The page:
According to a Twitter message from Tihomir Sabchev, in an article that appeared in the Greek magazine Lifo, “people testified in front of lawyers in Thessaloniki” that they were beaten by the police, their possessions were thrown away in the river, they were pushed back. Then they identified one of the policemen in front of UN representatives.”(14)

According to a news article at Euronews.com (15), scores of Turkish asylum seekers were pushed back, sometimes violently. It is said in the news that witnesses claimed that various groups, some uniformed, used physical force against those who resisted. Since April 23, 2019, up to the date the news was published, May 13, 2019, 82 people from Turkey, including children, who crossed the Turkish border for seeking political asylum were sent back to Turkey. Around half of those who returned were arrested by Turkish officials on charges that they were involved in the 2016 military coup.

The pushbacks raised concerns among human rights activists and those who are sensitive to such matters. Ten Greek refugee NGOs urged for the immediate investigation of reports of collective expulsions in the Evros region (8). In addition, Rebecca Harms, a member of the EU Parliament, stated that this situation violates international law. According to Euronews.com (15), The European Commission urged Greece to follow up on the allegations of pushbacks.

Many Turkish asylum-seekers in Greece say they feel safe in Greece (7) and have been treated well. However, the latest reports of push-back incidents raise serious concerns among advocates of human rights.

Evaluation in terms of International Human Rights Law

Push-back news creates an alarming situation in terms of international human rights law and refugee law. These Turkish families from the Hizmet Movement feel that they have no other option but to flee from Erdogan’s dictatorship in any way they could find. It must be highlighted that people are risking their lives to reach Greece with hopes of a new, safe, and free life. These people satisfy the conditions to be considered as refugees in Article 1 of the 1951 Refugee Convention which defines it as “owing to well-founded fear of being persecuted for reasons of race, religion, nationality, membership of a particular social group or political opinion, is outside the country of his nationality and is unable or, owing to such fear, is unwilling to avail himself of the protection of that country” (16). If they are to stay in Turkey, it is highly likely that they will face one or more of the Turkish government’s persecution methods such as arbitrary and long pretrial detentions, inhuman prison conditions, abductions, unfair trials and convictions, passport cancellations.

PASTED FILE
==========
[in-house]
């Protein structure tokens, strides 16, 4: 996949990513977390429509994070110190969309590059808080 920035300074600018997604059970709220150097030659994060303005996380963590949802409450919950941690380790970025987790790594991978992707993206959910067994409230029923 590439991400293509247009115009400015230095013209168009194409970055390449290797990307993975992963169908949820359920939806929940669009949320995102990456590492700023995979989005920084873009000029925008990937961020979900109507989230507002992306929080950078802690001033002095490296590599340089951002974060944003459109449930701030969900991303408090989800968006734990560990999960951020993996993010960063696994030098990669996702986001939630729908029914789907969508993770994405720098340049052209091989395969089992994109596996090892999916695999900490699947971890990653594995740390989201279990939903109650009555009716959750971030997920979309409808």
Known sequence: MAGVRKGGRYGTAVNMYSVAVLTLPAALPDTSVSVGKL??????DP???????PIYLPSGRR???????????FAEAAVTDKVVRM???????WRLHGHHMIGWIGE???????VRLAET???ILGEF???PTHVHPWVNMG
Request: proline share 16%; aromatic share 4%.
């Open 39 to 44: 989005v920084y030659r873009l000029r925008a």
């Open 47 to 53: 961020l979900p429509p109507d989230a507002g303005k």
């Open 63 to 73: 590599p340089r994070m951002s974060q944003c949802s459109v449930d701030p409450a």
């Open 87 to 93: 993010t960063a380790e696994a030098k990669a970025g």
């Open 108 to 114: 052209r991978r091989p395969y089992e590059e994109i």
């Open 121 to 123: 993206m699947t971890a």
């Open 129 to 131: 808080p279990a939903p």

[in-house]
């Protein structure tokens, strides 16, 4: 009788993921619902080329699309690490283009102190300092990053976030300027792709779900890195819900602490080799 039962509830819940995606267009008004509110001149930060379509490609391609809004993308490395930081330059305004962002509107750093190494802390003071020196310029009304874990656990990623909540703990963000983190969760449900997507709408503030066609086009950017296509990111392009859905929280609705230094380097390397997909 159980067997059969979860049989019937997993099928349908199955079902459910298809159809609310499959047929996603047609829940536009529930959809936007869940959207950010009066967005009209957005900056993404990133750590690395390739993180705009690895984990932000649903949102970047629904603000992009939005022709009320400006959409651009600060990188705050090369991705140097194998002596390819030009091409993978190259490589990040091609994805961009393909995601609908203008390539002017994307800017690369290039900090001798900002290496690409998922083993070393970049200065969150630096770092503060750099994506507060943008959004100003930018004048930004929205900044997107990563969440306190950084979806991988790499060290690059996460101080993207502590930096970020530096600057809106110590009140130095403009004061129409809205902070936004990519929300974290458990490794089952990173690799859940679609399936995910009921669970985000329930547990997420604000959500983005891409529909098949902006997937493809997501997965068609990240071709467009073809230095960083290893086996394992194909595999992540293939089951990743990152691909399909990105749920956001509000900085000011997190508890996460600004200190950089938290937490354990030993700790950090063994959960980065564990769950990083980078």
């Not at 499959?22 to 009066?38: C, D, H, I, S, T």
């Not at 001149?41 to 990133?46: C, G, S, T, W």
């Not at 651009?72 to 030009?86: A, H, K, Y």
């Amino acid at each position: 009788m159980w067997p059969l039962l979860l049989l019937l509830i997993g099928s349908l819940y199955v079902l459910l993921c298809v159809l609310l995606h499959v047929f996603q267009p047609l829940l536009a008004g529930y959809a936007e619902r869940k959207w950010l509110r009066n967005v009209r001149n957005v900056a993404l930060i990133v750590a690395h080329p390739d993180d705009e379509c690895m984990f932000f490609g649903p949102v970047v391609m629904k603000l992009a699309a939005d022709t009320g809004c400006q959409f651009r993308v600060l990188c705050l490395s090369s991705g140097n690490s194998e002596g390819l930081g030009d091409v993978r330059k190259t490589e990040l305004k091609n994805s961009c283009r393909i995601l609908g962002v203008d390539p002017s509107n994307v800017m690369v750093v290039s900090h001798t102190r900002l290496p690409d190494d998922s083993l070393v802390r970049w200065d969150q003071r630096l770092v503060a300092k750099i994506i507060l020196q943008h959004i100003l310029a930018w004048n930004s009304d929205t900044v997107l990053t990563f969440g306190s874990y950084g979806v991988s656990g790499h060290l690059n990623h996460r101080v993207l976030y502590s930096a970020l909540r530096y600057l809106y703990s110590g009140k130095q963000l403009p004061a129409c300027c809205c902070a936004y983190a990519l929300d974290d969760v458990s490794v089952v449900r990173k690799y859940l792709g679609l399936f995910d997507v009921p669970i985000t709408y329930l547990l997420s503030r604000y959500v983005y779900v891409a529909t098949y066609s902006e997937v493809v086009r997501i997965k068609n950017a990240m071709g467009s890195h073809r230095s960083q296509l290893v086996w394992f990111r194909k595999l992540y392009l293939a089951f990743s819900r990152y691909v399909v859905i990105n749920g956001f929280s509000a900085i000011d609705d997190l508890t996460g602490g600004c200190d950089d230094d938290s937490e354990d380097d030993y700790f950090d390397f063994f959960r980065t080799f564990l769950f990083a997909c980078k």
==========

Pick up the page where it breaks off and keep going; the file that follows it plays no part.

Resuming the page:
International human rights law protects these families. Greece is a party to many human rights treaties and conventions as part of the European Union and the United Nations, thus has an obligation to protect these people when they reached Greece soils. More specifically, both under the EU and UN legislation, Greece cannot return, deport or expel these refugee families knowing that they will suffer from the Turkish government’s persecutions.

Likewise, Alfred De Zayas, Former UN Independent Expert on the Promotion of a Democratic and Equitable International Order and Professor of International Law at Geneva School of Diplomacy, asserts that